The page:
I believe the phrase is "you betcha!"

So why are Catholics often rejected as Christians? Most of the time it's because we're told what we believe by people who don't want us to be Christians. We're told that we worship Mary and the saints/ We're told that we worship priests and popes and statues. We're told that we worship bread and wine.

All I can say is, isn't it wonderful to have people with so infallible a vision through the window into men's souls? Such infallibility rivals that of the Popes they seek to demonise.

Of course, if they really bothered to look and see what we understand, then they would see that we are just as Christian as they are. In fact, it is because of us Catholics that there is a Bible for them to read in the first place. If what these folk say is true, there were no Christians whatsoever from the death of the disciples until the Reformation!

It's also interesting that the Roman Catholics (these days) refuse to see Protestants as non-Christian. to them non-Protestants are separated brethren, though this has been the product of listening and one of the more welcome results from Vatican II. They also say the same about non-Roman Catholics.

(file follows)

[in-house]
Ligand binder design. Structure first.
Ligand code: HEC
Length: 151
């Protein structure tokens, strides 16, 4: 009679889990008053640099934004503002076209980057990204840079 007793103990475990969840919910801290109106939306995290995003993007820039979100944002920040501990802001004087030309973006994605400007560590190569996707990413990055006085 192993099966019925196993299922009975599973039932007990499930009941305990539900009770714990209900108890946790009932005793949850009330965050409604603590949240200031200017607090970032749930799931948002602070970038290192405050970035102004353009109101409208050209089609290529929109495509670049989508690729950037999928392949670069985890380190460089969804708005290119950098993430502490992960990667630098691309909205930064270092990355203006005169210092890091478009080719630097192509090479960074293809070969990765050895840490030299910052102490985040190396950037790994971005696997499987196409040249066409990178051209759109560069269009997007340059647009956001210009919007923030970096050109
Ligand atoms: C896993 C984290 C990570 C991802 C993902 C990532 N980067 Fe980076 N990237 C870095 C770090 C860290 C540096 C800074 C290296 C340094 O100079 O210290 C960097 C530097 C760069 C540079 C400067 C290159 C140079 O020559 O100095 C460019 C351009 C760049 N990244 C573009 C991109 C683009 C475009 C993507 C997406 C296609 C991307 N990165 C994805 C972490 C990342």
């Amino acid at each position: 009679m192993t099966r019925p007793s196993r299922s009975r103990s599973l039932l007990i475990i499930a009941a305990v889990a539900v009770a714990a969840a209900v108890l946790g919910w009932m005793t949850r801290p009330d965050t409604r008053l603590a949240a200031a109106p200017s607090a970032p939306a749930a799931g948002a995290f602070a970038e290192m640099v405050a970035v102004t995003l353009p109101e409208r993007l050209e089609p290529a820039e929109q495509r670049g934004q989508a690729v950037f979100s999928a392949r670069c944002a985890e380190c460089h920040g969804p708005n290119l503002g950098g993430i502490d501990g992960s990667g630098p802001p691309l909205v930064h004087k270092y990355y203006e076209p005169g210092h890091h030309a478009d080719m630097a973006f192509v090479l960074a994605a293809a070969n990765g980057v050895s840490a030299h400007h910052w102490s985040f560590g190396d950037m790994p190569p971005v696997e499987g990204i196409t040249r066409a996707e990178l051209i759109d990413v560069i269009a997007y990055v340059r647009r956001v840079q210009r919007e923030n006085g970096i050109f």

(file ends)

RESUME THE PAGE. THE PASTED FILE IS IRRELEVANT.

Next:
To say that any Catholic is not Christian is the mark of ignorance, either a genuine lack of understanding of what the Catholic Church teaches, or a genuine wilful ignorance born of a deep-seated wholesale rejection of Catholicism. I would hope that such people would be willing to listen and be educated before they pass so damning a judgment.

Of course, there are lots of different doctrines of Christianity out there, and not all of them can be right. I believe that Anglican Catholicism is the closest and also that there are many other Churches out there that believe almost practically the same things as we do, but I am not prepared to write off anyone as non-Christian unless I am given a very good reason to do so! Perhaps there should be a blanket ban on sweeping statements.